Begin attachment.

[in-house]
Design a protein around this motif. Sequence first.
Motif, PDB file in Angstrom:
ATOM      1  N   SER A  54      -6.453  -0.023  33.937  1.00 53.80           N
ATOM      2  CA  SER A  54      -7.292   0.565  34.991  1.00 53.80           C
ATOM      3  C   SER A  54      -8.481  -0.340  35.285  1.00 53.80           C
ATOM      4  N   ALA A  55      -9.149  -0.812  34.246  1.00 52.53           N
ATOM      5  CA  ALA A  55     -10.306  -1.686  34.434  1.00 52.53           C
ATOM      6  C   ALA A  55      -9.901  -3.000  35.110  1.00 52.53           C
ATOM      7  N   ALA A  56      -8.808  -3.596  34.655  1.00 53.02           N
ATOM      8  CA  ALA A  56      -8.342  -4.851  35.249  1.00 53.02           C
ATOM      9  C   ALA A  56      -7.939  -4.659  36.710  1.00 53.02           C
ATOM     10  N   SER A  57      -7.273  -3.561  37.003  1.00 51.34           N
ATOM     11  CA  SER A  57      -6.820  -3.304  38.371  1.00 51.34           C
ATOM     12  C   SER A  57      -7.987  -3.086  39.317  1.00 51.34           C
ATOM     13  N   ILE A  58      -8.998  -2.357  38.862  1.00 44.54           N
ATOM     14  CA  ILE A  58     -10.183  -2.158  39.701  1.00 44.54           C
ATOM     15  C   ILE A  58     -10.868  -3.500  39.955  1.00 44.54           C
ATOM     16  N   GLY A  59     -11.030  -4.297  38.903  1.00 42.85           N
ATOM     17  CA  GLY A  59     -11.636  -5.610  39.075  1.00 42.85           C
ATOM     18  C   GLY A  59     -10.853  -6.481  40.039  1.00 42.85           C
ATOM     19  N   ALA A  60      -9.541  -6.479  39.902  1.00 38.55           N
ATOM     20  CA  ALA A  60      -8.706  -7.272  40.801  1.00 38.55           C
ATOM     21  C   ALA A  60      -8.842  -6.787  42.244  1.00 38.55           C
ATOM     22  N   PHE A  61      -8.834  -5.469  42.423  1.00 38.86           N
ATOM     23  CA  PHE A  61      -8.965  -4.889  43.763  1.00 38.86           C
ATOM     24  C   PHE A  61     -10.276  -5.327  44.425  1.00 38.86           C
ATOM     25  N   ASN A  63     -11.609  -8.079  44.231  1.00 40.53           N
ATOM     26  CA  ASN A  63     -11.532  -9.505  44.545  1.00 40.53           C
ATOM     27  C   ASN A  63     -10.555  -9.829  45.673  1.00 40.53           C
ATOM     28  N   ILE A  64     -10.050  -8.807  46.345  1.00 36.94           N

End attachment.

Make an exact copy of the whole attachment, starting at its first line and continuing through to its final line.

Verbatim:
[in-house]
Design a protein around this motif. Sequence first.
Motif, PDB file in Angstrom:
ATOM      1  N   SER A  54      -6.453  -0.023  33.937  1.00 53.80           N
ATOM      2  CA  SER A  54      -7.292   0.565  34.991  1.00 53.80           C
ATOM      3  C   SER A  54      -8.481  -0.340  35.285  1.00 53.80           C
ATOM      4  N   ALA A  55      -9.149  -0.812  34.246  1.00 52.53           N
ATOM      5  CA  ALA A  55     -10.306  -1.686  34.434  1.00 52.53           C
ATOM      6  C   ALA A  55      -9.901  -3.000  35.110  1.00 52.53           C
ATOM      7  N   ALA A  56      -8.808  -3.596  34.655  1.00 53.02           N
ATOM      8  CA  ALA A  56      -8.342  -4.851  35.249  1.00 53.02           C
ATOM      9  C   ALA A  56      -7.939  -4.659  36.710  1.00 53.02           C
ATOM     10  N   SER A  57      -7.273  -3.561  37.003  1.00 51.34           N
ATOM     11  CA  SER A  57      -6.820  -3.304  38.371  1.00 51.34           C
ATOM     12  C   SER A  57      -7.987  -3.086  39.317  1.00 51.34           C
ATOM     13  N   ILE A  58      -8.998  -2.357  38.862  1.00 44.54           N
ATOM     14  CA  ILE A  58     -10.183  -2.158  39.701  1.00 44.54           C
ATOM     15  C   ILE A  58     -10.868  -3.500  39.955  1.00 44.54           C
ATOM     16  N   GLY A  59     -11.030  -4.297  38.903  1.00 42.85           N
ATOM     17  CA  GLY A  59     -11.636  -5.610  39.075  1.00 42.85           C
ATOM     18  C   GLY A  59     -10.853  -6.481  40.039  1.00 42.85           C
ATOM     19  N   ALA A  60      -9.541  -6.479  39.902  1.00 38.55           N
ATOM     20  CA  ALA A  60      -8.706  -7.272  40.801  1.00 38.55           C
ATOM     21  C   ALA A  60      -8.842  -6.787  42.244  1.00 38.55           C
ATOM     22  N   PHE A  61      -8.834  -5.469  42.423  1.00 38.86           N
ATOM     23  CA  PHE A  61      -8.965  -4.889  43.763  1.00 38.86           C
ATOM     24  C   PHE A  61     -10.276  -5.327  44.425  1.00 38.86           C
ATOM     25  N   ASN A  63     -11.609  -8.079  44.231  1.00 40.53           N
ATOM     26  CA  ASN A  63     -11.532  -9.505  44.545  1.00 40.53           C
ATOM     27  C   ASN A  63     -10.555  -9.829  45.673  1.00 40.53           C
ATOM     28  N   ILE A  64     -10.050  -8.807  46.345  1.00 36.94           N